Researchers at the University of California, Berkeley have discovered hundreds of bacterial species, including those in the human gut, that can generate electricity.
Image Credit: Martin Capek / Shutterstock
While scientists already knew that bacteria in exotic environments such as mines and lakes can produce electricity, they had not known that bacteria such as the common diarrhea-causing Listeria monocytogenes are also electrogenic.
The study found that this bacterium and hundreds of others produces electricity using a completely different process to the one that known electrogenic bacteria use.
Many of these bacterial species are found in the gut microbiome and many of them are pathogenic such as the Clostridium perfringens bacteria that causes gangrene and some disease-causing streptococcus bacteria.
The fact that so many bugs that interact with humans, either as pathogens or in probiotics or in our microbiota or involved in fermentation of human products, are electrogenic – that had been missed before. It could tell us a lot about how these bacteria infect us or help us have a healthy gut.”
Dr, Dan Portnoy, Study Author
Bacteria produce electricity to remove the electrons generated during metabolic processes and to support the production of energy.
In animals and plants, electrons are transferred to oxygen inside the mitochondria of cells, but bacteria in environments without oxygen (including the human gut) have to find an alternative electron acceptor.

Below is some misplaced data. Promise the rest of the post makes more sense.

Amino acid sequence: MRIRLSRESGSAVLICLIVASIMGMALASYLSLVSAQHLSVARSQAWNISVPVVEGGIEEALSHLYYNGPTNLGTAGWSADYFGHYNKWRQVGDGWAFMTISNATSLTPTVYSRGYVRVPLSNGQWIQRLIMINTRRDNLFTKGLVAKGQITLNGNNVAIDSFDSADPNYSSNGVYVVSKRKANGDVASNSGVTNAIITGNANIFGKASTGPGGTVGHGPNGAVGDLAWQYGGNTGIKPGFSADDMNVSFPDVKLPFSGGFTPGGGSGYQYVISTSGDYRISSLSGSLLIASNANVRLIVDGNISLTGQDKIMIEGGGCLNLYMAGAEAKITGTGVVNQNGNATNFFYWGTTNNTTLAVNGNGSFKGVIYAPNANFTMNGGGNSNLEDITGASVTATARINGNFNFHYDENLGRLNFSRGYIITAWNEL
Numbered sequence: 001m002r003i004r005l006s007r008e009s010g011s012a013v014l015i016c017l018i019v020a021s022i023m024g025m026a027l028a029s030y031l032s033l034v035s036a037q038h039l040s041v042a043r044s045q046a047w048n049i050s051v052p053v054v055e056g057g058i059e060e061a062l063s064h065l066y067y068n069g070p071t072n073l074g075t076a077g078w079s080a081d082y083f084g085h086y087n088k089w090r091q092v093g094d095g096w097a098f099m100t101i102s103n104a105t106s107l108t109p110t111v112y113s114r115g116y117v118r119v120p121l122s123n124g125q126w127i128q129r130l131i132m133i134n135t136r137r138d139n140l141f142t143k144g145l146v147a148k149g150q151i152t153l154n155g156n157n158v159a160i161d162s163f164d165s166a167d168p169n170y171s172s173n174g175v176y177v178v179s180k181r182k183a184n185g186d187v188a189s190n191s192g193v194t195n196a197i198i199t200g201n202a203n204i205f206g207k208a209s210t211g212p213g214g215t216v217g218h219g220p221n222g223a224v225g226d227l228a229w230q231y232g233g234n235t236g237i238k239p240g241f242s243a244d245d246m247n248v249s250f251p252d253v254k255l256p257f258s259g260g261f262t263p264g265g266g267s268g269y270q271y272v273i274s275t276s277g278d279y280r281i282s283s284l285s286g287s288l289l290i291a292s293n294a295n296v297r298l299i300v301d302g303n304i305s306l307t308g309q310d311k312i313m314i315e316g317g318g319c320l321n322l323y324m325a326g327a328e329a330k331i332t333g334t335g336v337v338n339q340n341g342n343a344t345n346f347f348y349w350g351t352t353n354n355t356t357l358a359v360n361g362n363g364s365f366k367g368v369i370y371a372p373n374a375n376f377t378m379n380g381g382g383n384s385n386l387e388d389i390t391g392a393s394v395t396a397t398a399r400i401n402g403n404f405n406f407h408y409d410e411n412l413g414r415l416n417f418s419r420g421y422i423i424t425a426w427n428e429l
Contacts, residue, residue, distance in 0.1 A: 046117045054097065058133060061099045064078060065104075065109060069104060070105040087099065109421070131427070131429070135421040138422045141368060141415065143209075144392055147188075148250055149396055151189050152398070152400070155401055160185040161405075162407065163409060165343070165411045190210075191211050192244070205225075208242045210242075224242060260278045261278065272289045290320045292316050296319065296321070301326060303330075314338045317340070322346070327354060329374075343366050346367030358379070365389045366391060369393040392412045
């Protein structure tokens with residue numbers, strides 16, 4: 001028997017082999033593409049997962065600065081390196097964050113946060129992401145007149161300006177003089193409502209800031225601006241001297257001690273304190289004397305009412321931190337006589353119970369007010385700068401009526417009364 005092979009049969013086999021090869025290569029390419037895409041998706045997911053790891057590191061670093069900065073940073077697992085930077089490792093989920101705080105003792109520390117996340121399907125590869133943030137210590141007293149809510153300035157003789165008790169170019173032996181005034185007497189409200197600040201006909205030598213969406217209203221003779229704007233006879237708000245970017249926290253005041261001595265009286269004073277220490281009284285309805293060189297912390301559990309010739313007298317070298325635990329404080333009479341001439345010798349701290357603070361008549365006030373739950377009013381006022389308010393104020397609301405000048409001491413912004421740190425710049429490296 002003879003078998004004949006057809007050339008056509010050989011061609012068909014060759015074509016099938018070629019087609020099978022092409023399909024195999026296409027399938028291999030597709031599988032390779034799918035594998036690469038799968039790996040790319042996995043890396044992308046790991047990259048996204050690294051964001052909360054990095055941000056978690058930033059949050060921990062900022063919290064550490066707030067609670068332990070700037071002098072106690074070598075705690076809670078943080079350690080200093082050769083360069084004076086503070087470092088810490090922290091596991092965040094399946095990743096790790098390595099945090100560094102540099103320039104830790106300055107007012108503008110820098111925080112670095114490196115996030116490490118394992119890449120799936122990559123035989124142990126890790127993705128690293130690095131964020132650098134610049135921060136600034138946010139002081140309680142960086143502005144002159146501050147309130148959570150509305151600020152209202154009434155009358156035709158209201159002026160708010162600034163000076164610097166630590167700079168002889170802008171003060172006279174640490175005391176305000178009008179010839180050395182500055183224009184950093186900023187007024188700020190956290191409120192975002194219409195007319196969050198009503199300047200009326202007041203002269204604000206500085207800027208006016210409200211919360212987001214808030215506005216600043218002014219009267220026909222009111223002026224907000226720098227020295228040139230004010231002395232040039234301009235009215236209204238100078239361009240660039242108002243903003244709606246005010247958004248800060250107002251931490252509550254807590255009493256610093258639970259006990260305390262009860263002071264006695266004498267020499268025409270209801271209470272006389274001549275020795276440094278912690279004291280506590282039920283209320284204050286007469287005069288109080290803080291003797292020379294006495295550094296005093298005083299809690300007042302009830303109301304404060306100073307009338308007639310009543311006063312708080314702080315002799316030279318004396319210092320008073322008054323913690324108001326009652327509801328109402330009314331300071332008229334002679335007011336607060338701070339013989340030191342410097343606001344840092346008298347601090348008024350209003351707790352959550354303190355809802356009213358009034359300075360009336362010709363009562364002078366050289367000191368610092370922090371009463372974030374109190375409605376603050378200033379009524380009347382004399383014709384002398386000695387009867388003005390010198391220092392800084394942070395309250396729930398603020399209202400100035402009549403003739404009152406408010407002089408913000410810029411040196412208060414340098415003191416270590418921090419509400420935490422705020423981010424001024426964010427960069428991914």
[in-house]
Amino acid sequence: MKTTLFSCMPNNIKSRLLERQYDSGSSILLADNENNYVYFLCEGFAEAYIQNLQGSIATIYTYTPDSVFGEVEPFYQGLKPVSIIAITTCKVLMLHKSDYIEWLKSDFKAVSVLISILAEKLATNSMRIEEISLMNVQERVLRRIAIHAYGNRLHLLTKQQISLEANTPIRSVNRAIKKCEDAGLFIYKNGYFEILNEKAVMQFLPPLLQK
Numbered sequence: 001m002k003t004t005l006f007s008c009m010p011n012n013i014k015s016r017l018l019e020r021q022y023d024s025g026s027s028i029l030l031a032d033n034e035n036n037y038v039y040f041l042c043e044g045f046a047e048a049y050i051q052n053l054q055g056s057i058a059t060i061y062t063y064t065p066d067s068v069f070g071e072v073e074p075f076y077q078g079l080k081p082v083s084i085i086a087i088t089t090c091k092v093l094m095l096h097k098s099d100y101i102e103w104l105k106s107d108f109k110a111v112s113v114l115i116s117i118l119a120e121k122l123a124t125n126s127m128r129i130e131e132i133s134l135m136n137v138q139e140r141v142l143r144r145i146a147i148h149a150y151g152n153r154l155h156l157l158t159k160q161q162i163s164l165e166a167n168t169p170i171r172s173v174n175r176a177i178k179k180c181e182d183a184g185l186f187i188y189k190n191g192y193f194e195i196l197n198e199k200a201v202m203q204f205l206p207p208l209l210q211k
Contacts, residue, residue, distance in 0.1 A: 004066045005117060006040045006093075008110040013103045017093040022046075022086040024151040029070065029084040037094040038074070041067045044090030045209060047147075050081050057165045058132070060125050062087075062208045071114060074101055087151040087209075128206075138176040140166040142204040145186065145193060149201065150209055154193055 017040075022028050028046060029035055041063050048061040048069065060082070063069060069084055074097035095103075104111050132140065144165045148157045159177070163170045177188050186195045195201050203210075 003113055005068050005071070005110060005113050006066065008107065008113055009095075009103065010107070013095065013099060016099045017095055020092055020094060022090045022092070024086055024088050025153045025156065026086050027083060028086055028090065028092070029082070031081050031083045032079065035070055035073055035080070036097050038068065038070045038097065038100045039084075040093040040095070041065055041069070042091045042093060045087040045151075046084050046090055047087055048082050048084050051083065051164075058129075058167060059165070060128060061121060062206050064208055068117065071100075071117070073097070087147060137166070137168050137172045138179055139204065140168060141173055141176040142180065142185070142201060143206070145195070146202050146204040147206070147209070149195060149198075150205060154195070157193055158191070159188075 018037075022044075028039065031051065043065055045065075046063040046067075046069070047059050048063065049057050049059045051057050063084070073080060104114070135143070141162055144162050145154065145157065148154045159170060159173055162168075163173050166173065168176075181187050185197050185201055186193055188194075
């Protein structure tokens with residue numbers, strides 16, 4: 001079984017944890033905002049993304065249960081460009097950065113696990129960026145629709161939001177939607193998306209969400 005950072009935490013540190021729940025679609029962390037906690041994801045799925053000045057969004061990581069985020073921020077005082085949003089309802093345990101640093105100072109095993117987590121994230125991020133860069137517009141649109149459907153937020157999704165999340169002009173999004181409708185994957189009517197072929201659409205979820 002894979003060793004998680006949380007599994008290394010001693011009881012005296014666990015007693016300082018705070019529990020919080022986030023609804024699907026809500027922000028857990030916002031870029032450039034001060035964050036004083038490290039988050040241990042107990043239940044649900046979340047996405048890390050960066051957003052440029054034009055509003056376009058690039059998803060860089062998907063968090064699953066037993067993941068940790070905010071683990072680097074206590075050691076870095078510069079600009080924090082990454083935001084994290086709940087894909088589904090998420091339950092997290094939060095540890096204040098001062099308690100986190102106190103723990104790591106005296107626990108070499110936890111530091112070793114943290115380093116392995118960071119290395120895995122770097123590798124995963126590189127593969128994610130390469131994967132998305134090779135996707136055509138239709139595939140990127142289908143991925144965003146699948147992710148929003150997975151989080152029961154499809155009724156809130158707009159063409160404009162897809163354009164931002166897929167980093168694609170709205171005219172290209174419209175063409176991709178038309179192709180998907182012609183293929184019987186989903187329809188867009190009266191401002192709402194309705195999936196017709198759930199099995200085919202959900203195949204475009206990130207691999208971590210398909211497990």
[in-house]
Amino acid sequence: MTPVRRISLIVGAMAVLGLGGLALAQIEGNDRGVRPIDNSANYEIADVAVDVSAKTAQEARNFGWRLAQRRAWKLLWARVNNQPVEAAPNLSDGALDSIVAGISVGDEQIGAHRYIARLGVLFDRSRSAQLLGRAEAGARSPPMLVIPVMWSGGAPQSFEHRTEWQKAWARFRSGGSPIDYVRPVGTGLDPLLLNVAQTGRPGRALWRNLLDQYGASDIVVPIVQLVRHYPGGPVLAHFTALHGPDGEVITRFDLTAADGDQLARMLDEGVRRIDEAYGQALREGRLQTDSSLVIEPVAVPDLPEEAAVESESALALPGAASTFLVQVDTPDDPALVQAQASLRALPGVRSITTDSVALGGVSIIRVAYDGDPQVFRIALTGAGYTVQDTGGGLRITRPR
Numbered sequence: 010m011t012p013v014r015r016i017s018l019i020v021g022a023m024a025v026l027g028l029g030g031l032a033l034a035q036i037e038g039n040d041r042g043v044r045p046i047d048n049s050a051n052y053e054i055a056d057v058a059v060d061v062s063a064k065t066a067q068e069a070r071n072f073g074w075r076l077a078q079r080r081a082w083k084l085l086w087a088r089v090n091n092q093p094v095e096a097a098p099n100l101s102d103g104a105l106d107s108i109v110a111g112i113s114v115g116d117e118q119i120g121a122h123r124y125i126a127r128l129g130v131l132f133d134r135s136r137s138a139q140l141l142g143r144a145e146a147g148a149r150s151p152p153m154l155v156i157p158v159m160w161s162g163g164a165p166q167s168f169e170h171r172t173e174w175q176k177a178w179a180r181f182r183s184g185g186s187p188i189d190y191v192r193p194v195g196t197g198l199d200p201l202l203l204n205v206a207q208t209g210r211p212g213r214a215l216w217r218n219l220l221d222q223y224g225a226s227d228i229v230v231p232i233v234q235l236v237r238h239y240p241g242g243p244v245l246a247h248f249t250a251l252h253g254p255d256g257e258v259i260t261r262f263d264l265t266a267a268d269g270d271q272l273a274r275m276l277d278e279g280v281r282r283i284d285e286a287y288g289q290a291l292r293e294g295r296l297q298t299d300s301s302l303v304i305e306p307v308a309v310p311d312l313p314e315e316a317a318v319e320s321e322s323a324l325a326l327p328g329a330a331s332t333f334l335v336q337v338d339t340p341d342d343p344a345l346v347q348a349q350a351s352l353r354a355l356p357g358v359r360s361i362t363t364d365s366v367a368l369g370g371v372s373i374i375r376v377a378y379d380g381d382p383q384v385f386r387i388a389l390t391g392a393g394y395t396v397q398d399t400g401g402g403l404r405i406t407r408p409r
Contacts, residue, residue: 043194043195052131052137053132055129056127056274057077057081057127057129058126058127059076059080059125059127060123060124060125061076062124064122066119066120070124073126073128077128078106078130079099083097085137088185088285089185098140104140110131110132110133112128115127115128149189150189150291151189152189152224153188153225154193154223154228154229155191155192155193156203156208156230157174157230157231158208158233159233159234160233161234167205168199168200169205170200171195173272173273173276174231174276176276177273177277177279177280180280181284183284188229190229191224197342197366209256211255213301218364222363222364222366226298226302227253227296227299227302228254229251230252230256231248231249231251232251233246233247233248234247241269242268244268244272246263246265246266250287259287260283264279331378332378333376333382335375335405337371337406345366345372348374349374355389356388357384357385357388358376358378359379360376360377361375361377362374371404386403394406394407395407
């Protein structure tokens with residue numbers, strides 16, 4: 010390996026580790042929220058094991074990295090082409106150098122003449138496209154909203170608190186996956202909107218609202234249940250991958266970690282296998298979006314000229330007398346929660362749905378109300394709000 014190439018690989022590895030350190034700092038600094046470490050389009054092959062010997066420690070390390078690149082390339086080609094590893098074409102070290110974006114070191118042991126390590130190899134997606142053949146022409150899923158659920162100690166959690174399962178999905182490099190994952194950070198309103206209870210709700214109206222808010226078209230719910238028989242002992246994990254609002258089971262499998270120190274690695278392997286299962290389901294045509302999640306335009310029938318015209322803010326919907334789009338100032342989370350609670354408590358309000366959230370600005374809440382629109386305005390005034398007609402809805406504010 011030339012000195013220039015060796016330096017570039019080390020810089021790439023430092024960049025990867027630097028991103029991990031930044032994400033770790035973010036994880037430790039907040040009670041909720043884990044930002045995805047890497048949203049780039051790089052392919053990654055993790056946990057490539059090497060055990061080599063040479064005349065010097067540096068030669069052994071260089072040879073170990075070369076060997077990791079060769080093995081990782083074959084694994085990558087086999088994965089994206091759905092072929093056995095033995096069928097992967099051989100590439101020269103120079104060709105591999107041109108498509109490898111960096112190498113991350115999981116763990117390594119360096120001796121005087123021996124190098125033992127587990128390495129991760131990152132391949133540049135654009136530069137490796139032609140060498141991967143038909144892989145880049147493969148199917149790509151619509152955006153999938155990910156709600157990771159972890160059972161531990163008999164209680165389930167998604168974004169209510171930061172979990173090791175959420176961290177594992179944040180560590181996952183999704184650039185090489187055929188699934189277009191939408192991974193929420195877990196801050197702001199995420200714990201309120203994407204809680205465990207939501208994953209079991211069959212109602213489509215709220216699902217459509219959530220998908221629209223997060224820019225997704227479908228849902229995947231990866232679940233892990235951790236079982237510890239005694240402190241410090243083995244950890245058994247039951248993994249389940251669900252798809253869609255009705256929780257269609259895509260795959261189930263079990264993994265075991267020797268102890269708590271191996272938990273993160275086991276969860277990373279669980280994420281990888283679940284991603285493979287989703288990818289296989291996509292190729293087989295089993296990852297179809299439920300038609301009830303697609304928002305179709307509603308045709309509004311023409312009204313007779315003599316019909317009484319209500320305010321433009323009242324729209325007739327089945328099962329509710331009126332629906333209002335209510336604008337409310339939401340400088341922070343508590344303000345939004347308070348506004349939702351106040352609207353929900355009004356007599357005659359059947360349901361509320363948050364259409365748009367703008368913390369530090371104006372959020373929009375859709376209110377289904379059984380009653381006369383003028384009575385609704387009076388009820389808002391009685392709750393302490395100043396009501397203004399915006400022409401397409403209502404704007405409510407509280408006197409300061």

In some environments, that electron acceptor has been a mineral such as iron.
The transfer of electrons to a mineral involves a series of chemical reactions referred to as the electron transfer chain, which some scientists have tapped to generate electricity and make batteries.
The new electron transfer system discovered by Portnoy and colleagues is simpler than this known system and seems to only be used by bacteria when necessary such as when there is a poor oxygen supply.
So far, the new system has been found in gram-positive bacteria that live in flavin-rich environments.
It seems that the cell structure of these bacteria and the vitamin-rich ecological niche that they occupy makes it significantly easier and more cost effective to transfer electrons out of the cell.
Dr. Sam Light, First Author
“We think that the conventionally studied mineral-respiring bacteria are using extracellular electron transfer because it is crucial for survival, whereas these newly identified bacteria are using it because it is ‘easy’,” he added.
To test how robust this system is, Light and colleagues used an electrode to measure the electric current generated by the bacteria.
They found the bacteria produced up to 500 microamps and that they make about the same amount of electricity as known electrogenic bacteria.
The finding, which is published in the journal Nature, will be welcome news to people interested in “green” technologies and the possibility of creating living batteries from microbes, for example.
This news article was written by News-Medical, based on a press release by the University of California, Berkeley.